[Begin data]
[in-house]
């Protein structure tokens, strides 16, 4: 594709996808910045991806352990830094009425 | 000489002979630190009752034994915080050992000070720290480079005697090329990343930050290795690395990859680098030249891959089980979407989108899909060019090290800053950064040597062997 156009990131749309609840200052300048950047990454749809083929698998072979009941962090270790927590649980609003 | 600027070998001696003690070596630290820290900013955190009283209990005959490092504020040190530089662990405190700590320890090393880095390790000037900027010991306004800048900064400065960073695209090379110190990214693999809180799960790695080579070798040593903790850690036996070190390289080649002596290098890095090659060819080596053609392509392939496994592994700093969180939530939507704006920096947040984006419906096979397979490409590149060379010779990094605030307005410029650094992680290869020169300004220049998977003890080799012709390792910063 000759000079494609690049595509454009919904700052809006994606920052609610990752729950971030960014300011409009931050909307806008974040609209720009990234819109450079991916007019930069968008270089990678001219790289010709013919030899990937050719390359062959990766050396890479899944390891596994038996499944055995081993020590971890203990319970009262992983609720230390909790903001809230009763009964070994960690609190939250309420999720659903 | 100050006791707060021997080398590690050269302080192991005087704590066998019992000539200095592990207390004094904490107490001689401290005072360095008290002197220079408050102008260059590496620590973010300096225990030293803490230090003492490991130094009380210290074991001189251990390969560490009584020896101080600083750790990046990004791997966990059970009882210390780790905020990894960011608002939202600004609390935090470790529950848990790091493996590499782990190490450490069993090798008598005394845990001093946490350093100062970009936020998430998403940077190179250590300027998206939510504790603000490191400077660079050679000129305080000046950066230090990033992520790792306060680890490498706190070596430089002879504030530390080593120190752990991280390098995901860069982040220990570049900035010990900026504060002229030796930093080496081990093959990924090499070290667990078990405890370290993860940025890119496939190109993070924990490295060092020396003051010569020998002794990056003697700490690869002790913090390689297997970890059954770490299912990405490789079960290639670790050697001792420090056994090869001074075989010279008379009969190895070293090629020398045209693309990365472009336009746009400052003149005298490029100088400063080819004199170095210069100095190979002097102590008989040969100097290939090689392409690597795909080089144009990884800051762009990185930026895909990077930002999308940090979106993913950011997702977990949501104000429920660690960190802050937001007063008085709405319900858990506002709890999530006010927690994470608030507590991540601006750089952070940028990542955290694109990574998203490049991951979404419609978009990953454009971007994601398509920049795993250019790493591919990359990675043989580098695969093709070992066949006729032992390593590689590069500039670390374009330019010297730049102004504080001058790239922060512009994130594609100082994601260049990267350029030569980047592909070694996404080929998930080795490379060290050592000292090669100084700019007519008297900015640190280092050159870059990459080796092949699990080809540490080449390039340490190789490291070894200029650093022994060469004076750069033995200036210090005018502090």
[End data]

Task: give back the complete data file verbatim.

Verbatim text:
[in-house]
């Protein structure tokens, strides 16, 4: 594709996808910045991806352990830094009425 | 000489002979630190009752034994915080050992000070720290480079005697090329990343930050290795690395990859680098030249891959089980979407989108899909060019090290800053950064040597062997 156009990131749309609840200052300048950047990454749809083929698998072979009941962090270790927590649980609003 | 600027070998001696003690070596630290820290900013955190009283209990005959490092504020040190530089662990405190700590320890090393880095390790000037900027010991306004800048900064400065960073695209090379110190990214693999809180799960790695080579070798040593903790850690036996070190390289080649002596290098890095090659060819080596053609392509392939496994592994700093969180939530939507704006920096947040984006419906096979397979490409590149060379010779990094605030307005410029650094992680290869020169300004220049998977003890080799012709390792910063 000759000079494609690049595509454009919904700052809006994606920052609610990752729950971030960014300011409009931050909307806008974040609209720009990234819109450079991916007019930069968008270089990678001219790289010709013919030899990937050719390359062959990766050396890479899944390891596994038996499944055995081993020590971890203990319970009262992983609720230390909790903001809230009763009964070994960690609190939250309420999720659903 | 100050006791707060021997080398590690050269302080192991005087704590066998019992000539200095592990207390004094904490107490001689401290005072360095008290002197220079408050102008260059590496620590973010300096225990030293803490230090003492490991130094009380210290074991001189251990390969560490009584020896101080600083750790990046990004791997966990059970009882210390780790905020990894960011608002939202600004609390935090470790529950848990790091493996590499782990190490450490069993090798008598005394845990001093946490350093100062970009936020998430998403940077190179250590300027998206939510504790603000490191400077660079050679000129305080000046950066230090990033992520790792306060680890490498706190070596430089002879504030530390080593120190752990991280390098995901860069982040220990570049900035010990900026504060002229030796930093080496081990093959990924090499070290667990078990405890370290993860940025890119496939190109993070924990490295060092020396003051010569020998002794990056003697700490690869002790913090390689297997970890059954770490299912990405490789079960290639670790050697001792420090056994090869001074075989010279008379009969190895070293090629020398045209693309990365472009336009746009400052003149005298490029100088400063080819004199170095210069100095190979002097102590008989040969100097290939090689392409690597795909080089144009990884800051762009990185930026895909990077930002999308940090979106993913950011997702977990949501104000429920660690960190802050937001007063008085709405319900858990506002709890999530006010927690994470608030507590991540601006750089952070940028990542955290694109990574998203490049991951979404419609978009990953454009971007994601398509920049795993250019790493591919990359990675043989580098695969093709070992066949006729032992390593590689590069500039670390374009330019010297730049102004504080001058790239922060512009994130594609100082994601260049990267350029030569980047592909070694996404080929998930080795490379060290050592000292090669100084700019007519008297900015640190280092050159870059990459080796092949699990080809540490080449390039340490190789490291070894200029650093022994060469004076750069033995200036210090005018502090």